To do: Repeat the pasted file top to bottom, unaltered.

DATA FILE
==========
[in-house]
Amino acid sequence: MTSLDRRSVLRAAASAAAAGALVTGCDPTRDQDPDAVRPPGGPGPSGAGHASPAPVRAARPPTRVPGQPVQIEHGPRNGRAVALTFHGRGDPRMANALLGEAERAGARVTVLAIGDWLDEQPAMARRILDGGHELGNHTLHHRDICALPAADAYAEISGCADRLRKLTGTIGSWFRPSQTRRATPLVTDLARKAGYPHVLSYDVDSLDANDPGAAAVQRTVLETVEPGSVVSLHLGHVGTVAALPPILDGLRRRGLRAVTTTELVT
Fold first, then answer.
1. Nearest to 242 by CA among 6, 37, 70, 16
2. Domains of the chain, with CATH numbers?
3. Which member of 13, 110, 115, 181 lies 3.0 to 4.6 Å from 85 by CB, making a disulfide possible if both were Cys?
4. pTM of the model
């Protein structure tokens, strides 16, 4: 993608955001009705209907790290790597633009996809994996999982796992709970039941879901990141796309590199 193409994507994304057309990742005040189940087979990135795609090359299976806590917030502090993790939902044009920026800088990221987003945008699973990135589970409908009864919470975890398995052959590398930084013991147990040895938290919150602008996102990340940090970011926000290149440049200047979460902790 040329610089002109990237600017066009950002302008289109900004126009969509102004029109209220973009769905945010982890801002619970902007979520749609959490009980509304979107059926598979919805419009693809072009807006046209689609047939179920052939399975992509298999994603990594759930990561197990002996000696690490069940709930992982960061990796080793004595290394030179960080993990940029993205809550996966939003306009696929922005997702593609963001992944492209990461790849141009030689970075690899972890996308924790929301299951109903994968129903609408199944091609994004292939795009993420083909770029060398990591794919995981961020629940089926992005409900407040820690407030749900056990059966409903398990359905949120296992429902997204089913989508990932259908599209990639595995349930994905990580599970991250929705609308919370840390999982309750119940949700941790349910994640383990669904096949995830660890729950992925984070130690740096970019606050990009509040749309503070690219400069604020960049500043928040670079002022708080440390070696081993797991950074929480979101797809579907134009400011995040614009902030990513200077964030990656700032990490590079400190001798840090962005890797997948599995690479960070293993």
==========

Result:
[in-house]
Amino acid sequence: MTSLDRRSVLRAAASAAAAGALVTGCDPTRDQDPDAVRPPGGPGPSGAGHASPAPVRAARPPTRVPGQPVQIEHGPRNGRAVALTFHGRGDPRMANALLGEAERAGARVTVLAIGDWLDEQPAMARRILDGGHELGNHTLHHRDICALPAADAYAEISGCADRLRKLTGTIGSWFRPSQTRRATPLVTDLARKAGYPHVLSYDVDSLDANDPGAAAVQRTVLETVEPGSVVSLHLGHVGTVAALPPILDGLRRRGLRAVTTTELVT
Fold first, then answer.
1. Nearest to 242 by CA among 6, 37, 70, 16
2. Domains of the chain, with CATH numbers?
3. Which member of 13, 110, 115, 181 lies 3.0 to 4.6 Å from 85 by CB, making a disulfide possible if both were Cys?
4. pTM of the model
């Protein structure tokens, strides 16, 4: 993608955001009705209907790290790597633009996809994996999982796992709970039941879901990141796309590199 193409994507994304057309990742005040189940087979990135795609090359299976806590917030502090993790939902044009920026800088990221987003945008699973990135589970409908009864919470975890398995052959590398930084013991147990040895938290919150602008996102990340940090970011926000290149440049200047979460902790 040329610089002109990237600017066009950002302008289109900004126009969509102004029109209220973009769905945010982890801002619970902007979520749609959490009980509304979107059926598979919805419009693809072009807006046209689609047939179920052939399975992509298999994603990594759930990561197990002996000696690490069940709930992982960061990796080793004595290394030179960080993990940029993205809550996966939003306009696929922005997702593609963001992944492209990461790849141009030689970075690899972890996308924790929301299951109903994968129903609408199944091609994004292939795009993420083909770029060398990591794919995981961020629940089926992005409900407040820690407030749900056990059966409903398990359905949120296992429902997204089913989508990932259908599209990639595995349930994905990580599970991250929705609308919370840390999982309750119940949700941790349910994640383990669904096949995830660890729950992925984070130690740096970019606050990009509040749309503070690219400069604020960049500043928040670079002022708080440390070696081993797991950074929480979101797809579907134009400011995040614009902030990513200077964030990656700032990490590079400190001798840090962005890797997948599995690479960070293993």